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Lachine environmental organization wants to reduce the amount of microplastics in our waters
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Lachine environmental organization wants to reduce the amount of microplastics in our waters

Lachine environmental group wants to reduce microplastics entering our waters

The largest source of microplastic pollution in the oceans is textiles, accounting for around 35 percent of the microfibres that are released into the waters.

The waste water from washing clothes releases tiny fibres. These fibres can then travel to lakes, oceans, and marine organisms.

While most of it is broken down by wastewater treatment, some remains and the long-term effects of that are not known.

“All the plastic in our clothes, that we purchase, and we wash and throw away, we think we’re really getting rid off it,” saidLuisa Novar, project manager in waste and recycling management. Groupe de recommandations et d’actions pour un meilleur environnement(GRAME).

She said, “The truth is, we aren’t getting rid of it and that it comes back to you.”

“It enters into the food chain, it enters food we eat, water we drink, then it returns to us in this invisible form.”

The Lachine non-profit environmental group launched a citizen-led research program.

Around 30 residents were asked for assistance in installing a microplastic filtration device to their washing machines. This will capture microplastics before they are released into the sewage pipes.

Catherine Houbart (executive director of GRAME) says that the washing machine’s filtration device can filter between 87 and 99 per cent of microfibres before they reach the sewage systems. (Dave St-Amant/CBC)

Citizen-led research project on microfibres

Catherine Houbart is the executive director at GRAME. Participants will be asked to collect the lint and track the intensity of each wash cycle.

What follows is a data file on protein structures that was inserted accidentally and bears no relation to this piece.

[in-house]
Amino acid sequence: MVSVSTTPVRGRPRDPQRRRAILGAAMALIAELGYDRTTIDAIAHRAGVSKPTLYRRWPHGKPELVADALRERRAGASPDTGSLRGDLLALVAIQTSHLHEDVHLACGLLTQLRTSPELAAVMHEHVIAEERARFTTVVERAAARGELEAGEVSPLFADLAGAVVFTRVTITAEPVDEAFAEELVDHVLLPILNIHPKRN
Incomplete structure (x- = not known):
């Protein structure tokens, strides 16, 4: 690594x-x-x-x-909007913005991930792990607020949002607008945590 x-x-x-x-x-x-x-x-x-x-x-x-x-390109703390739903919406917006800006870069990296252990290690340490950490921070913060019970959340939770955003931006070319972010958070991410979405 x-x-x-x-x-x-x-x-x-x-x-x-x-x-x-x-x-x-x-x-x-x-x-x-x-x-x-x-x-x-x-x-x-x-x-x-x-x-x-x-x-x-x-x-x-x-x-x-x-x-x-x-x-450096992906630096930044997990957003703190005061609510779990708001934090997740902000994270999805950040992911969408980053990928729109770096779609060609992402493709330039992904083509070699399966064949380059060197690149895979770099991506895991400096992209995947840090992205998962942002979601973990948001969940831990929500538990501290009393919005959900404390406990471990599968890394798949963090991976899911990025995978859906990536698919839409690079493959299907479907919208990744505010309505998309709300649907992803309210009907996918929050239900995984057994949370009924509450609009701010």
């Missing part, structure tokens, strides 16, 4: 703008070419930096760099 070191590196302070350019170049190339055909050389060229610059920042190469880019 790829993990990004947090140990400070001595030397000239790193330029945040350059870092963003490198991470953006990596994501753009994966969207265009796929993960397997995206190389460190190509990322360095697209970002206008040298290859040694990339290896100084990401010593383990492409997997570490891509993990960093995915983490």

Then, participants will send the dried materials they collect from the filters to a lab at PolytechniqueMontralengineering school.

The non-profit organization also has partnered with several municipalities to offer subsidies for residents who install filters.

Dominique Claveau Mallet is a professor of wastewater management at Polytechnique Montral. He is responsible for analysing material from the filters. (Dave St-Amant/CBC)

Scientists may be able to learn more about this type of pollution by looking at the contents of the filters.

Dominique Claveau-Mallet is a professor of wastewater management at Polytechnique Montral. He collects and studies these materials.

“My job” [is to]”Quantify the amount of plastic captured in this type of filtering,” said Claveau-Mallet.

She stated that she wanted to know how much plastic was released and the composition of it: size, type, and shape.

Claveau-Mallet states that microfibre pollution research is still relatively new. While there doesn’t appear to be any acute toxicities, there are still many questions about the long-term effects of microplastics in the environment and on the food chain.

According to her, the goal is to create protocols to measure microplastics in future. It is important to help people understand how clothes they purchase and wear affect the environment. It is also important to emphasize that there is too many plastics in our lives.

Catherine Houbart (executive director of GRAME) holding a ball of linty material she collected through her filtration device. (Dave St-Amant/CBC)

Lobbying for laundry filters to be made mandatory

The Lachine environmental organization hopes to convince the province to require these filters in all new laundry machine models in an effort to reduce microplastics in our streams, lakes and oceans.

It also wants to make filters more affordable and easier to use.

Houbart refers to France as an illustration. As of 2025, all new washing machine must have a filter that captures plastic microfibres.

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